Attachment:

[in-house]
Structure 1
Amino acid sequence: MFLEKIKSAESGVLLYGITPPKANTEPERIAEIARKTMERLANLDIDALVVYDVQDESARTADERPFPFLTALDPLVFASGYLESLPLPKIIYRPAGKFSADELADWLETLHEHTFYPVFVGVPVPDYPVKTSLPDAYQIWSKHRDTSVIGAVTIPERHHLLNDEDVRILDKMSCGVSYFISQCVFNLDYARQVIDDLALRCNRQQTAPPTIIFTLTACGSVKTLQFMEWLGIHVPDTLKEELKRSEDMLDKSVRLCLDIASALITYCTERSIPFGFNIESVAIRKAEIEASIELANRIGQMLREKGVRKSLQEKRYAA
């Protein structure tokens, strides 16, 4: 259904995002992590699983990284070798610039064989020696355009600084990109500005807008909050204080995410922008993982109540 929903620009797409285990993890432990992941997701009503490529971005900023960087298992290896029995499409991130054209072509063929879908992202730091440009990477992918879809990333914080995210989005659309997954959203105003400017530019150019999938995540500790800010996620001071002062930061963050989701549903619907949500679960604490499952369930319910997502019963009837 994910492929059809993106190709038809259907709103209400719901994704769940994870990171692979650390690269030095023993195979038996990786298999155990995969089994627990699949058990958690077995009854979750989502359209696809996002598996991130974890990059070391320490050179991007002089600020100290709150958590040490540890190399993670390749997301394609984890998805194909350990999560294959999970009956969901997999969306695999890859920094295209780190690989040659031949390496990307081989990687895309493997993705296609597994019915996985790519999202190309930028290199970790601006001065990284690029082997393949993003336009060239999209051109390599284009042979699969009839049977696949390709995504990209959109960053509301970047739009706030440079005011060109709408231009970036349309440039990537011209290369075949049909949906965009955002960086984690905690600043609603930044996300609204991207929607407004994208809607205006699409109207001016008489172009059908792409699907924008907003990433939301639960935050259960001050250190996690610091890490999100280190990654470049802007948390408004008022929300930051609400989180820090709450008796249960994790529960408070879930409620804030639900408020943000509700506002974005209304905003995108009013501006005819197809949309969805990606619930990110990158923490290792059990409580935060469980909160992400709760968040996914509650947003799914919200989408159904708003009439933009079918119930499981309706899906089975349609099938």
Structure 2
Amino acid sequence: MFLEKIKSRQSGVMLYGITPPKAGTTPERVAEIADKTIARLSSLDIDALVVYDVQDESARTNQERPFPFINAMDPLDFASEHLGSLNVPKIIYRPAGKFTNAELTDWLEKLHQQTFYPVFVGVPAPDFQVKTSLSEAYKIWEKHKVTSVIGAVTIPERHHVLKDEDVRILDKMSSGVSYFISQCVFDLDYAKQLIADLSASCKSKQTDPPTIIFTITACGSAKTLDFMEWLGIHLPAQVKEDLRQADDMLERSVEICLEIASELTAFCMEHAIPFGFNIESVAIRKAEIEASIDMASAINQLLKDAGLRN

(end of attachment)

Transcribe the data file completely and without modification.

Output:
[in-house]
Structure 1
Amino acid sequence: MFLEKIKSAESGVLLYGITPPKANTEPERIAEIARKTMERLANLDIDALVVYDVQDESARTADERPFPFLTALDPLVFASGYLESLPLPKIIYRPAGKFSADELADWLETLHEHTFYPVFVGVPVPDYPVKTSLPDAYQIWSKHRDTSVIGAVTIPERHHLLNDEDVRILDKMSCGVSYFISQCVFNLDYARQVIDDLALRCNRQQTAPPTIIFTLTACGSVKTLQFMEWLGIHVPDTLKEELKRSEDMLDKSVRLCLDIASALITYCTERSIPFGFNIESVAIRKAEIEASIELANRIGQMLREKGVRKSLQEKRYAA
């Protein structure tokens, strides 16, 4: 259904995002992590699983990284070798610039064989020696355009600084990109500005807008909050204080995410922008993982109540 929903620009797409285990993890432990992941997701009503490529971005900023960087298992290896029995499409991130054209072509063929879908992202730091440009990477992918879809990333914080995210989005659309997954959203105003400017530019150019999938995540500790800010996620001071002062930061963050989701549903619907949500679960604490499952369930319910997502019963009837 994910492929059809993106190709038809259907709103209400719901994704769940994870990171692979650390690269030095023993195979038996990786298999155990995969089994627990699949058990958690077995009854979750989502359209696809996002598996991130974890990059070391320490050179991007002089600020100290709150958590040490540890190399993670390749997301394609984890998805194909350990999560294959999970009956969901997999969306695999890859920094295209780190690989040659031949390496990307081989990687895309493997993705296609597994019915996985790519999202190309930028290199970790601006001065990284690029082997393949993003336009060239999209051109390599284009042979699969009839049977696949390709995504990209959109960053509301970047739009706030440079005011060109709408231009970036349309440039990537011209290369075949049909949906965009955002960086984690905690600043609603930044996300609204991207929607407004994208809607205006699409109207001016008489172009059908792409699907924008907003990433939301639960935050259960001050250190996690610091890490999100280190990654470049802007948390408004008022929300930051609400989180820090709450008796249960994790529960408070879930409620804030639900408020943000509700506002974005209304905003995108009013501006005819197809949309969805990606619930990110990158923490290792059990409580935060469980909160992400709760968040996914509650947003799914919200989408159904708003009439933009079918119930499981309706899906089975349609099938």
Structure 2
Amino acid sequence: MFLEKIKSRQSGVMLYGITPPKAGTTPERVAEIADKTIARLSSLDIDALVVYDVQDESARTNQERPFPFINAMDPLDFASEHLGSLNVPKIIYRPAGKFTNAELTDWLEKLHQQTFYPVFVGVPAPDFQVKTSLSEAYKIWEKHKVTSVIGAVTIPERHHVLKDEDVRILDKMSSGVSYFISQCVFDLDYAKQLIADLSASCKSKQTDPPTIIFTITACGSAKTLDFMEWLGIHLPAQVKEDLRQADDMLERSVEICLEIASELTAFCMEHAIPFGFNIESVAIRKAEIEASIDMASAINQLLKDAGLRN